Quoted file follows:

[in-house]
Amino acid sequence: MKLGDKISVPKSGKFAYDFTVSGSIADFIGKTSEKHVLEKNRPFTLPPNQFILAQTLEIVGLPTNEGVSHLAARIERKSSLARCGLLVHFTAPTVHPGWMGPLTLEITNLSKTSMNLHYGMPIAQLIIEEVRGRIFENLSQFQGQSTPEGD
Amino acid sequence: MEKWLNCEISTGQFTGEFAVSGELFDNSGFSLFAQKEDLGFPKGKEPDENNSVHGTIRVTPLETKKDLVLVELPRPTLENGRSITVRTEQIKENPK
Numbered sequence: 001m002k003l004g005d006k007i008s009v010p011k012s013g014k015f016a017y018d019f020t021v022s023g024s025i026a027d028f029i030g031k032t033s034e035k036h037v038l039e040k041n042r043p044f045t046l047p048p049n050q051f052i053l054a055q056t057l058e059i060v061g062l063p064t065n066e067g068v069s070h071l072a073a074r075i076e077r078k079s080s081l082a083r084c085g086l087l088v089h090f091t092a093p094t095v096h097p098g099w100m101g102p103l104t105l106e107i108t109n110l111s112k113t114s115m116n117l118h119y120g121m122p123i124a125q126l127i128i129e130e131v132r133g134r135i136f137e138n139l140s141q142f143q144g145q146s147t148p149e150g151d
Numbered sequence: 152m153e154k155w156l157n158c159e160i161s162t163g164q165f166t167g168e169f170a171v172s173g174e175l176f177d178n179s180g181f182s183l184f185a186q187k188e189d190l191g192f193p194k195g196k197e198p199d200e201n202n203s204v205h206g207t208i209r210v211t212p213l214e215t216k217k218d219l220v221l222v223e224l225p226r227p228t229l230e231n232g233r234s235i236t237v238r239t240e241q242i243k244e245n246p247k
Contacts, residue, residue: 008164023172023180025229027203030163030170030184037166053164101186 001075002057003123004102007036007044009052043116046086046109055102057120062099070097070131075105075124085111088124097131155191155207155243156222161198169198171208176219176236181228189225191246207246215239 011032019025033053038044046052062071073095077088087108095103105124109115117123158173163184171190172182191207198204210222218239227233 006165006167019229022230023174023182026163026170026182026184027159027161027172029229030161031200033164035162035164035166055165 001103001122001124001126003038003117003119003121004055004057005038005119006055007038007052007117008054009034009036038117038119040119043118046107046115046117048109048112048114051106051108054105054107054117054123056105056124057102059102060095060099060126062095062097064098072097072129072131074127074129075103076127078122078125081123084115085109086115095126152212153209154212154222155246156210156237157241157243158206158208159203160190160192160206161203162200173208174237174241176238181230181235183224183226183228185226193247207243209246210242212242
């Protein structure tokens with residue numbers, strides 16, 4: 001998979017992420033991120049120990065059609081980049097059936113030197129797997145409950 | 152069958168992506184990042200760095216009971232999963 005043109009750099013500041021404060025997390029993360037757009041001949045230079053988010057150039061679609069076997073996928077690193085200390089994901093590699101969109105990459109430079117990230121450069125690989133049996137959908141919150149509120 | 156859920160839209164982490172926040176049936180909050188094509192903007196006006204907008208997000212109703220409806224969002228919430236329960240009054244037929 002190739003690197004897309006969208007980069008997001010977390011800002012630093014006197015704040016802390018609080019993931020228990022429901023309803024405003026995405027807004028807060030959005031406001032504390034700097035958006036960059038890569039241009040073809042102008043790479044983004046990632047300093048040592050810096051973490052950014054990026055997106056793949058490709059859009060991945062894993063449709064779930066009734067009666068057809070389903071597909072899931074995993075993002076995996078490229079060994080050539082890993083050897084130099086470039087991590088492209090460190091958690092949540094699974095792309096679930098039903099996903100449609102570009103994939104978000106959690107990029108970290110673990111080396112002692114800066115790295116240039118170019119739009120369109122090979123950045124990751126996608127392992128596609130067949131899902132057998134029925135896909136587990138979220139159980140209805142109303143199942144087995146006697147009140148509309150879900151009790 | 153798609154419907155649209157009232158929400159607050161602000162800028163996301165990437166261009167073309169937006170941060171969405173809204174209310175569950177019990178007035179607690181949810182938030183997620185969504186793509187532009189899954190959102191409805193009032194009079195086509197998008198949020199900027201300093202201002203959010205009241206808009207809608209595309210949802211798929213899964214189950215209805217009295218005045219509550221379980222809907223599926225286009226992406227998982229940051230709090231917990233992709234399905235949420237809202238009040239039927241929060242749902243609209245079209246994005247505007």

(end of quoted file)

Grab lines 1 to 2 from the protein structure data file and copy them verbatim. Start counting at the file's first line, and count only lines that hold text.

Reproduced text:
[in-house]
Amino acid sequence: MKLGDKISVPKSGKFAYDFTVSGSIADFIGKTSEKHVLEKNRPFTLPPNQFILAQTLEIVGLPTNEGVSHLAARIERKSSLARCGLLVHFTAPTVHPGWMGPLTLEITNLSKTSMNLHYGMPIAQLIIEEVRGRIFENLSQFQGQSTPEGD